A weak argument for Atheism

“The invisible and the non-existent look very much alike.” Delos Banning McKown This quote has been appearing on Twitter from numerous accounts with the hashtags “#atheism #air” appended to the ending. This does one thing, and it’s not in favour of the intended or original meaning or context of the quote. What it illustrates is that atheists should be  very careful with the words they choose to try and illustrate...

Read More

Vox Populi 8 – Positive or Negative Language

I’ve been doing this blogging thing for just on a year and a half now. I’ve written over 200 articles here and there doesn’t seem to be any sign I’ll give up soon. Over that time I have used a variety of approaches, some sharp and with an intended sting, and some more gentle, hoping that the beauty of reason will prevail. I have noticed that with different approaches I get different types of comments back, different...

Read More

A fool hath said in his heart…

1The fool hath said in his heart, There is no God. They are corrupt, they have done abominable works, there is none that doeth good. 2The LORD looked down from heaven upon the children of men, to see if there were any that did understand, and seek God. 3They are all gone aside, they are all together become filthy: there is none that doeth good, no, not one. 4Have all the workers of iniquity no knowledge? who eat up my people as they eat bread,...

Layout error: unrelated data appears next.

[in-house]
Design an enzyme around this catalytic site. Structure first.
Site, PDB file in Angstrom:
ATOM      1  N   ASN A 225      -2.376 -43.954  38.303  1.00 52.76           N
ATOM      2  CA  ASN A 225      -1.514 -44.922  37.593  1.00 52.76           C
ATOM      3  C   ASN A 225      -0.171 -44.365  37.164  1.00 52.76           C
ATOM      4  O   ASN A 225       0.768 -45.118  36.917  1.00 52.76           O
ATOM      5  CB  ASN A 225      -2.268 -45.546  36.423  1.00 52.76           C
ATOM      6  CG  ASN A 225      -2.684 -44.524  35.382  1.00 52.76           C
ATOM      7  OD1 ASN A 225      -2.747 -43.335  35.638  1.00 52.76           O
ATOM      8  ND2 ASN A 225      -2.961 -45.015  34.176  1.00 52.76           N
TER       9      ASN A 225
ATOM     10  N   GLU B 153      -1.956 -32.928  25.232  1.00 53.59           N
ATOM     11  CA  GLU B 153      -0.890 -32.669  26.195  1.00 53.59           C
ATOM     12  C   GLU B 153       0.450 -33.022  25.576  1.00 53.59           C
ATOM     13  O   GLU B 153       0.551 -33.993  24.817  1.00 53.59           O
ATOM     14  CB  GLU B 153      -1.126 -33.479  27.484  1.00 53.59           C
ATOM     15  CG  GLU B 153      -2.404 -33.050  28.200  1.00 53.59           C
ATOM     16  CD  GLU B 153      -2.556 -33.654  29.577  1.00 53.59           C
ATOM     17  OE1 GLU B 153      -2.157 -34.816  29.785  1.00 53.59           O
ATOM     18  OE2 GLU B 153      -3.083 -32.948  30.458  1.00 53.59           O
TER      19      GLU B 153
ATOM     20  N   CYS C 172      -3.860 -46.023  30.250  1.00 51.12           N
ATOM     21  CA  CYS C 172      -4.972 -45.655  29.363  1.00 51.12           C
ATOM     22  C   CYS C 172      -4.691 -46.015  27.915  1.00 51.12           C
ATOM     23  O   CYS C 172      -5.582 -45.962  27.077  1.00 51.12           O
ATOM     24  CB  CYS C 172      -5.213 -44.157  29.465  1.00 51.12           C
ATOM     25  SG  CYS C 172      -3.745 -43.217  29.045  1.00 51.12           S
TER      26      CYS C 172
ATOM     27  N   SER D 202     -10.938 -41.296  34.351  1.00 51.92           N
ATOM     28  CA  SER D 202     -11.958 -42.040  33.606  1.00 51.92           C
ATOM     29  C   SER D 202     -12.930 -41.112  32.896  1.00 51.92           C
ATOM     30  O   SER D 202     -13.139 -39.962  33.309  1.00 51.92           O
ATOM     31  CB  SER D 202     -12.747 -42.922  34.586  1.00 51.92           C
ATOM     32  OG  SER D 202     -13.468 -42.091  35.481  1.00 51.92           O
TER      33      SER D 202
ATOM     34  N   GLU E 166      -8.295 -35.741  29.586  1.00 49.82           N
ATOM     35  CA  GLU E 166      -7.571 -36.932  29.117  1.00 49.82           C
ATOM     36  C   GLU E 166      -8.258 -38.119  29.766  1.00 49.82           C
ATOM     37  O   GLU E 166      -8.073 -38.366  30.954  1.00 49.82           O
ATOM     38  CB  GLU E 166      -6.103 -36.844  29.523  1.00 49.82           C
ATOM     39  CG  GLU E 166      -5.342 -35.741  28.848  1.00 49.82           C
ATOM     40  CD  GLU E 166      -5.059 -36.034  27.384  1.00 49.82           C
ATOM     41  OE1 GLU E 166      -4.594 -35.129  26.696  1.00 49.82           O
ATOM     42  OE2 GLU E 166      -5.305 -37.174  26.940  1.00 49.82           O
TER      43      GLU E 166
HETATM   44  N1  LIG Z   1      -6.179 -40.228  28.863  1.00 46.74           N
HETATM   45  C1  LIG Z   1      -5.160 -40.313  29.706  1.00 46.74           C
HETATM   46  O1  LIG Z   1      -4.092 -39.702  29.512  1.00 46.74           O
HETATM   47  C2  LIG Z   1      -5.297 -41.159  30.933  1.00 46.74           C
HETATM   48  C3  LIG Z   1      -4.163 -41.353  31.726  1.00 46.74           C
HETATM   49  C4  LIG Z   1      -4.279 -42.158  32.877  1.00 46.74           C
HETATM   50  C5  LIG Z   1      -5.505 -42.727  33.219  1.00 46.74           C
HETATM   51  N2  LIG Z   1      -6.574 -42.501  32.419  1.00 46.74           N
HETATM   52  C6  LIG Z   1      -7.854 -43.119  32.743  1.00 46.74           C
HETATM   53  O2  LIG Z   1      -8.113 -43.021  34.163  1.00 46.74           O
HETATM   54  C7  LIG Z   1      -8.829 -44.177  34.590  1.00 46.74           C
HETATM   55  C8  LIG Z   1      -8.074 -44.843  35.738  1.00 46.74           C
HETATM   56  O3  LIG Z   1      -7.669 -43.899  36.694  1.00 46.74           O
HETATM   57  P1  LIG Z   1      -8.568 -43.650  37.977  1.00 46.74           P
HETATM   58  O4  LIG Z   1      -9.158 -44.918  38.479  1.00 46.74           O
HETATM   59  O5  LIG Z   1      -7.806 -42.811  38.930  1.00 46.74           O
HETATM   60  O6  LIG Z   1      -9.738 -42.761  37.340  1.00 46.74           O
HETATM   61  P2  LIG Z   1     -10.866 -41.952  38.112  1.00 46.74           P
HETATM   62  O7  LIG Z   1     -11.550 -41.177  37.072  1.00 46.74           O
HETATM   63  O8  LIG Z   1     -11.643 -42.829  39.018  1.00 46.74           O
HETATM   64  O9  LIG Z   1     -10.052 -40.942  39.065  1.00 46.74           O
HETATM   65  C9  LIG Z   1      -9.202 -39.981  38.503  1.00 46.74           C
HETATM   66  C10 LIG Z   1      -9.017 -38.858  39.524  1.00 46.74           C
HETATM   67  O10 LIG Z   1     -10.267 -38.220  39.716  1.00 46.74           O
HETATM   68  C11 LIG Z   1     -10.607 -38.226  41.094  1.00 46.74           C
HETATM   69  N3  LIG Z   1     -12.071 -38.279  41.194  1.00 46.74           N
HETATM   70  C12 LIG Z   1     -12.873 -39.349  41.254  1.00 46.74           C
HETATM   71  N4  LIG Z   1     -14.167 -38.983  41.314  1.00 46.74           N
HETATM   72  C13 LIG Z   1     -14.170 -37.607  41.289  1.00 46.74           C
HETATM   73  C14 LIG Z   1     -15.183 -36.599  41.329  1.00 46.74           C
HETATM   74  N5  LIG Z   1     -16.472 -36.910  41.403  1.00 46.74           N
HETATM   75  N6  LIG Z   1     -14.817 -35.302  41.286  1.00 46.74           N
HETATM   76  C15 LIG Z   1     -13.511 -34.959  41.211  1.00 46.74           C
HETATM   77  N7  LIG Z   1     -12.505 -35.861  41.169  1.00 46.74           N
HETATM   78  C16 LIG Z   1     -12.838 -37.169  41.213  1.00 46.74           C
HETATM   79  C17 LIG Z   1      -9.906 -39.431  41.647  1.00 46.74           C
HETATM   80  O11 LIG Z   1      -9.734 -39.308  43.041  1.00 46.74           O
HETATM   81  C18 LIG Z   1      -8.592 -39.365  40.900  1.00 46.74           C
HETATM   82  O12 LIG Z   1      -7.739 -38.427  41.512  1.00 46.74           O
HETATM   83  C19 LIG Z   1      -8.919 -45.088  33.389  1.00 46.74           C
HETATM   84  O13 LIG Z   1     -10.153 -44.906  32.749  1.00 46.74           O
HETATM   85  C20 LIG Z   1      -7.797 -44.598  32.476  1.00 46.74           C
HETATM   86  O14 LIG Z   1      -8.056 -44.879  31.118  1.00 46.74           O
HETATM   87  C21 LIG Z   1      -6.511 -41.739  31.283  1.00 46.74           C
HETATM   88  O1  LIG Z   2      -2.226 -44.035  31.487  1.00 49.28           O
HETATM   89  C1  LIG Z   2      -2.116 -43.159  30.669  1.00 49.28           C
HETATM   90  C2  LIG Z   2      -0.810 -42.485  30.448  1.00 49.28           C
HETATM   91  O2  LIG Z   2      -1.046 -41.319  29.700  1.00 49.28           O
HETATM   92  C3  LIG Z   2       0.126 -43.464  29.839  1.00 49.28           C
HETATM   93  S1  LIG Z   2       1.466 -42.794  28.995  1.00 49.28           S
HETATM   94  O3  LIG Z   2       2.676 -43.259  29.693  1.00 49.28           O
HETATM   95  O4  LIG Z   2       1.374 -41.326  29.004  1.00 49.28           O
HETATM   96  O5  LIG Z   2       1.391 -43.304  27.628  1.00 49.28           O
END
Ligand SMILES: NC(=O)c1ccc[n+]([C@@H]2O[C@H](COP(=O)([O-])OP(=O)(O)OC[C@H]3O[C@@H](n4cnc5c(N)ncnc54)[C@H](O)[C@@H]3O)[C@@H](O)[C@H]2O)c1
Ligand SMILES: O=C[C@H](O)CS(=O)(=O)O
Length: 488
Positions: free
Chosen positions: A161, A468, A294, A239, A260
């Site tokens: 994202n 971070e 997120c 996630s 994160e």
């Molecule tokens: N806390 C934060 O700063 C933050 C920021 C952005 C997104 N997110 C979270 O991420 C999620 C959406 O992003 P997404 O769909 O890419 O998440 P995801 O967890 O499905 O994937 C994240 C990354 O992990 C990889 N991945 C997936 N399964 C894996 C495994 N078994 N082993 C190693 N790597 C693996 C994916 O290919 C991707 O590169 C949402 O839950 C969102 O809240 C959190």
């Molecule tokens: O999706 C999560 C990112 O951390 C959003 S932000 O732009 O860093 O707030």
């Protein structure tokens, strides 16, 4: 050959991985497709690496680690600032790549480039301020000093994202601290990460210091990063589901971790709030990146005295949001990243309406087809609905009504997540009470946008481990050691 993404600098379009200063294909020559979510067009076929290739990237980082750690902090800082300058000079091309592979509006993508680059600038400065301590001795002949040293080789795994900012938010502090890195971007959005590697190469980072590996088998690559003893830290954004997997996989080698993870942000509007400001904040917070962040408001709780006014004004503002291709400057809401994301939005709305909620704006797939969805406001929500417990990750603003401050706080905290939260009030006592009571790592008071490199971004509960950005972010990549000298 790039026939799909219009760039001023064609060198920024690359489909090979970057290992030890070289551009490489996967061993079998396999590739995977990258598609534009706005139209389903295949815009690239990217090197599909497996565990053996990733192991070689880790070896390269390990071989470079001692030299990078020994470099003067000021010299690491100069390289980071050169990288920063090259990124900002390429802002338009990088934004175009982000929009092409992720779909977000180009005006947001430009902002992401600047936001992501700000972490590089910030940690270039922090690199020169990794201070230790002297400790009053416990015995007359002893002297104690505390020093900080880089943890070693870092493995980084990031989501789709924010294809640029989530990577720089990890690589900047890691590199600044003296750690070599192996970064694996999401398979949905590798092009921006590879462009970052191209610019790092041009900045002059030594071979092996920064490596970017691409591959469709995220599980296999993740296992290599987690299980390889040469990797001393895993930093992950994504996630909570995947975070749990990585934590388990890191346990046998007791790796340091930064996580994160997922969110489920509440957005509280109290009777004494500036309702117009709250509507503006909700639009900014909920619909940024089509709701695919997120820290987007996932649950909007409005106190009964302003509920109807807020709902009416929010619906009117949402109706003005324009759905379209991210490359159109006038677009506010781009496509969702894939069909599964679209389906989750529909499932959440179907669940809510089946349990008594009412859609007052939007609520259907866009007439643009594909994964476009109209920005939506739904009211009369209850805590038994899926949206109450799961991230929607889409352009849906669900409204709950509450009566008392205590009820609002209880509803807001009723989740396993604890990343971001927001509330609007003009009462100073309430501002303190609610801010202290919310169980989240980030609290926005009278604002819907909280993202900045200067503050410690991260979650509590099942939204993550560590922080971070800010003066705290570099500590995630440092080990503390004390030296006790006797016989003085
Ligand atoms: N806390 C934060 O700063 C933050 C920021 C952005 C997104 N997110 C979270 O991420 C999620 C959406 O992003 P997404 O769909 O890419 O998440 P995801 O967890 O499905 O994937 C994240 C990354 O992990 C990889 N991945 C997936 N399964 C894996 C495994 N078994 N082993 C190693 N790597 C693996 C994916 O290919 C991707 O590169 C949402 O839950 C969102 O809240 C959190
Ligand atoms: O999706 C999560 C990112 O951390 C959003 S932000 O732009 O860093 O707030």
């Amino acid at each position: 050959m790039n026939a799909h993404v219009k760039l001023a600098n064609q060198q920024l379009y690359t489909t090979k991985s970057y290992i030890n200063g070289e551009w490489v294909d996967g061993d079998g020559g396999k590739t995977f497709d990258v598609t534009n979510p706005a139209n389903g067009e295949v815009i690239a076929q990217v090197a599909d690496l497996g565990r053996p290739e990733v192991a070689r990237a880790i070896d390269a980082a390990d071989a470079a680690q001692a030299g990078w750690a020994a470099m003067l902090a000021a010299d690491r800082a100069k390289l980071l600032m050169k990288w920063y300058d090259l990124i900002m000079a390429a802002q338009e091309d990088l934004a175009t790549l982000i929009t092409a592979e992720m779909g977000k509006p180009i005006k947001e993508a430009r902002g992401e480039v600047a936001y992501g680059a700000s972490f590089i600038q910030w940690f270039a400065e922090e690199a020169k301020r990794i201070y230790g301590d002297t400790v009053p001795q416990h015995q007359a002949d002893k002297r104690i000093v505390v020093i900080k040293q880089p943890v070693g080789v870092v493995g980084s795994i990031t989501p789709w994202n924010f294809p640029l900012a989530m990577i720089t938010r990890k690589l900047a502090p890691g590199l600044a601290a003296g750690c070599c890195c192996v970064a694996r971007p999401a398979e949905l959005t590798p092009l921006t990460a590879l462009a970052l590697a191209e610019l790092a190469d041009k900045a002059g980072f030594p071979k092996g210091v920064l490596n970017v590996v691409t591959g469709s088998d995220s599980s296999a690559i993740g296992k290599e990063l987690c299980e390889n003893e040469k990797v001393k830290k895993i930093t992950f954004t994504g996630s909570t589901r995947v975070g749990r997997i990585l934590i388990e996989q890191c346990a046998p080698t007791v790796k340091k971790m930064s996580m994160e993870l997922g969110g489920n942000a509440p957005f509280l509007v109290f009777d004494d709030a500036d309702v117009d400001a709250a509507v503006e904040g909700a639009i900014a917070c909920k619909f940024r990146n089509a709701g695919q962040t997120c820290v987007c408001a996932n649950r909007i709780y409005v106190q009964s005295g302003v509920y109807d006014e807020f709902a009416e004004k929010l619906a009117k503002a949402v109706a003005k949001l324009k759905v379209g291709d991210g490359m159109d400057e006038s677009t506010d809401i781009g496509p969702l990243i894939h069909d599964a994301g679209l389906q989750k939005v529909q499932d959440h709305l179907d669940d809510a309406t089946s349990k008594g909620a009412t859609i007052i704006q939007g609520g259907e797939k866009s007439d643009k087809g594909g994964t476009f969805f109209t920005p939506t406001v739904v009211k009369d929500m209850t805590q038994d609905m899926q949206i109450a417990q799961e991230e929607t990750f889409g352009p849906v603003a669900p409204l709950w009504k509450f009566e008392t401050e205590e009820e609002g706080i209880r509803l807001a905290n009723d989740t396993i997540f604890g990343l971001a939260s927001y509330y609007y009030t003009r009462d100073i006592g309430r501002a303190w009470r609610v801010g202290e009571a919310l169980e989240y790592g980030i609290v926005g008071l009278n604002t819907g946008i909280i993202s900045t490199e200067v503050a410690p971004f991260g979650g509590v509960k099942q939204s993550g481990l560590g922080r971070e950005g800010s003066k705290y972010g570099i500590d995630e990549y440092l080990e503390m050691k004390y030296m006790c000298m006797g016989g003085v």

Read More

The problem with scientists – Happy 70th Birthday Professor Dawkins

Today is the 70th anniversary of Professor Richard Dawkins’ birth. I am writing this as a congratulations to him on his birthday and as a way to let you know why I hold him in the highest esteem among people living today. His writing has helped me form a worldview that is not only rational, but still filled with wonder and beauty. Surprisingly, some would find that to be a bit of an oxymoron, “to be rational AND have a beauty filled...

Read More

Pareidolia Search

You want to know one thing I love about the human brain? The ability to create patterns where there is none. This is one of the ways we make sense of the world, for it is far more beneficial for us to find a pattern when it represents itself in everyday life than to accidentally miss one. Imagine our ancient ancestors, without the abiloity to predict, from their own observations, what would happen when clouds ammassed to the east, or as the sun...

Read More